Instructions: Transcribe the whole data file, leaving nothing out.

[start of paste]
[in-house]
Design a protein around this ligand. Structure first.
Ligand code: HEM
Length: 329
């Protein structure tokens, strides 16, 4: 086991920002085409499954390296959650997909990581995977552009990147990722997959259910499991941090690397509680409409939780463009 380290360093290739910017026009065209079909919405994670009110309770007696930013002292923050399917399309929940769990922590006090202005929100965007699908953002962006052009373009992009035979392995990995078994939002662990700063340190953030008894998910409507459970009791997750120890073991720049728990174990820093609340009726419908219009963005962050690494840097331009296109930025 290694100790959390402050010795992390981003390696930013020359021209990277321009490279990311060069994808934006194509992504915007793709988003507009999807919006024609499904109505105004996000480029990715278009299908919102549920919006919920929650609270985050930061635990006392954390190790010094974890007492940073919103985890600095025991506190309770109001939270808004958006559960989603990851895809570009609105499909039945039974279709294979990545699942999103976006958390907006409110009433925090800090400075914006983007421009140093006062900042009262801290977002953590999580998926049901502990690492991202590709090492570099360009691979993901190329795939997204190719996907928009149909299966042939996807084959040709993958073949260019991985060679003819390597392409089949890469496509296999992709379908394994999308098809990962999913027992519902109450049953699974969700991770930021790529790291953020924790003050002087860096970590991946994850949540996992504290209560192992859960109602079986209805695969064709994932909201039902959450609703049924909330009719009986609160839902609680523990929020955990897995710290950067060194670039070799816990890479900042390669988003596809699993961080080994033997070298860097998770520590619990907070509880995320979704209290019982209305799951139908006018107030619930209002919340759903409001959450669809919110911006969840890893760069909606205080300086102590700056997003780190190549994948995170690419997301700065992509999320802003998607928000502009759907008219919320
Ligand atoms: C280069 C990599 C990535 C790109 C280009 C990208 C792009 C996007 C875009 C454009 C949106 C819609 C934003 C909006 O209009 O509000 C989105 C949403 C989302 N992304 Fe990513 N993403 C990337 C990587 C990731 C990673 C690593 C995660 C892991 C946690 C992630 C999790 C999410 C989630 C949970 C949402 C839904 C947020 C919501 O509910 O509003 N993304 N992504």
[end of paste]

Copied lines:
[in-house]
Design a protein around this ligand. Structure first.
Ligand code: HEM
Length: 329
């Protein structure tokens, strides 16, 4: 086991920002085409499954390296959650997909990581995977552009990147990722997959259910499991941090690397509680409409939780463009 380290360093290739910017026009065209079909919405994670009110309770007696930013002292923050399917399309929940769990922590006090202005929100965007699908953002962006052009373009992009035979392995990995078994939002662990700063340190953030008894998910409507459970009791997750120890073991720049728990174990820093609340009726419908219009963005962050690494840097331009296109930025 290694100790959390402050010795992390981003390696930013020359021209990277321009490279990311060069994808934006194509992504915007793709988003507009999807919006024609499904109505105004996000480029990715278009299908919102549920919006919920929650609270985050930061635990006392954390190790010094974890007492940073919103985890600095025991506190309770109001939270808004958006559960989603990851895809570009609105499909039945039974279709294979990545699942999103976006958390907006409110009433925090800090400075914006983007421009140093006062900042009262801290977002953590999580998926049901502990690492991202590709090492570099360009691979993901190329795939997204190719996907928009149909299966042939996807084959040709993958073949260019991985060679003819390597392409089949890469496509296999992709379908394994999308098809990962999913027992519902109450049953699974969700991770930021790529790291953020924790003050002087860096970590991946994850949540996992504290209560192992859960109602079986209805695969064709994932909201039902959450609703049924909330009719009986609160839902609680523990929020955990897995710290950067060194670039070799816990890479900042390669988003596809699993961080080994033997070298860097998770520590619990907070509880995320979704209290019982209305799951139908006018107030619930209002919340759903409001959450669809919110911006969840890893760069909606205080300086102590700056997003780190190549994948995170690419997301700065992509999320802003998607928000502009759907008219919320
Ligand atoms: C280069 C990599 C990535 C790109 C280009 C990208 C792009 C996007 C875009 C454009 C949106 C819609 C934003 C909006 O209009 O509000 C989105 C949403 C989302 N992304 Fe990513 N993403 C990337 C990587 C990731 C990673 C690593 C995660 C892991 C946690 C992630 C999790 C999410 C989630 C949970 C949402 C839904 C947020 C919501 O509910 O509003 N993304 N992504």